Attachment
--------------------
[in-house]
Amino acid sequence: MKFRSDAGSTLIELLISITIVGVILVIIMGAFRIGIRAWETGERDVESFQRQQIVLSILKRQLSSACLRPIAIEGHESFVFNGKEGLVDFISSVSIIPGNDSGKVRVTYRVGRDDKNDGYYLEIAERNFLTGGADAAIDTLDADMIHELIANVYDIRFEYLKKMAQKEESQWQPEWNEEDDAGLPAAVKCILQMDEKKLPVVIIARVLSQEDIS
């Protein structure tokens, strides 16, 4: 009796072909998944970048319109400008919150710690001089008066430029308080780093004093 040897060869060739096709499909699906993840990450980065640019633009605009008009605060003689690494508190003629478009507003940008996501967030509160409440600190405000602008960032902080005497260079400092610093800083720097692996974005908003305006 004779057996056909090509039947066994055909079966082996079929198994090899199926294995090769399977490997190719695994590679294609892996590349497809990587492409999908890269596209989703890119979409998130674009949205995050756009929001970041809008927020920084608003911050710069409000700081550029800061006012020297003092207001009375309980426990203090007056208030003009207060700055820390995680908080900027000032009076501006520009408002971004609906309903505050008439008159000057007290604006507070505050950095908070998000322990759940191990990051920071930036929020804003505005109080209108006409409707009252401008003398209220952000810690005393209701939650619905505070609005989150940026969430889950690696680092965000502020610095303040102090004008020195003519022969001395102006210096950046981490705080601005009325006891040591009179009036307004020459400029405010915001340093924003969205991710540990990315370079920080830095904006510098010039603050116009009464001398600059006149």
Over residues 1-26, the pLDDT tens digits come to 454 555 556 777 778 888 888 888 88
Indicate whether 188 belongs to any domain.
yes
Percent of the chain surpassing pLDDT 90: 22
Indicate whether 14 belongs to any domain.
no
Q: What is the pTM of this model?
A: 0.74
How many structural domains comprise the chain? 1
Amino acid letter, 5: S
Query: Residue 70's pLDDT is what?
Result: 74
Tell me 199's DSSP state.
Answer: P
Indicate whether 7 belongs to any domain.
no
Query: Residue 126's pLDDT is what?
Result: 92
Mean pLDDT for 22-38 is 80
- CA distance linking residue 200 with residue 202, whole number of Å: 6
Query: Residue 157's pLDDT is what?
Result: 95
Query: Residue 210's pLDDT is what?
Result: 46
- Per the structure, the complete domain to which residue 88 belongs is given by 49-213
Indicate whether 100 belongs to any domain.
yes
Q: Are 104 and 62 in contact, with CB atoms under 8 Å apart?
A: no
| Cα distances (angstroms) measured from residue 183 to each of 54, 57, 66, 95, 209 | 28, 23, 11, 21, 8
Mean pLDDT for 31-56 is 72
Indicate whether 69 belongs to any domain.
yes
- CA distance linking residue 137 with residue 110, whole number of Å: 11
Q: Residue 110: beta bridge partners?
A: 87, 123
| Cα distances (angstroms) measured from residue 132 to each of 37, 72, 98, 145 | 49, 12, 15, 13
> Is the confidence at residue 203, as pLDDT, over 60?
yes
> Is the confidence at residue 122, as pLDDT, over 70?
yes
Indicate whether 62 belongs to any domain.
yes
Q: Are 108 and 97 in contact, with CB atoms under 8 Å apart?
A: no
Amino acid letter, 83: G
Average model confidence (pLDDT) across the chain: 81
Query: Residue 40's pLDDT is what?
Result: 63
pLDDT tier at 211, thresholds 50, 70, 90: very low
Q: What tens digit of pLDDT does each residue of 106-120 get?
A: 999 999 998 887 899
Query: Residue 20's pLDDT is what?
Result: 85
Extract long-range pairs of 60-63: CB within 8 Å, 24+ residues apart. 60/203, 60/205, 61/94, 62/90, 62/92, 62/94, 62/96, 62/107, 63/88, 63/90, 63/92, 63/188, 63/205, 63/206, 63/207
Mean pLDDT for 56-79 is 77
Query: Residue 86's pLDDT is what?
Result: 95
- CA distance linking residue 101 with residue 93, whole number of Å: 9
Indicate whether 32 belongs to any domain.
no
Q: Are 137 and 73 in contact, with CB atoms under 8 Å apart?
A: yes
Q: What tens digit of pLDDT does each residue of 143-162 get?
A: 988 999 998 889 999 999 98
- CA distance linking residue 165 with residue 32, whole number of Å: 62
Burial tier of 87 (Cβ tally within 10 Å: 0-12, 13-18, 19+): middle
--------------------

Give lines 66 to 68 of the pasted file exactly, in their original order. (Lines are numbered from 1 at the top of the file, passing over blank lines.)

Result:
A: yes
Q: What tens digit of pLDDT does each residue of 143-162 get?
A: 988 999 998 889 999 999 98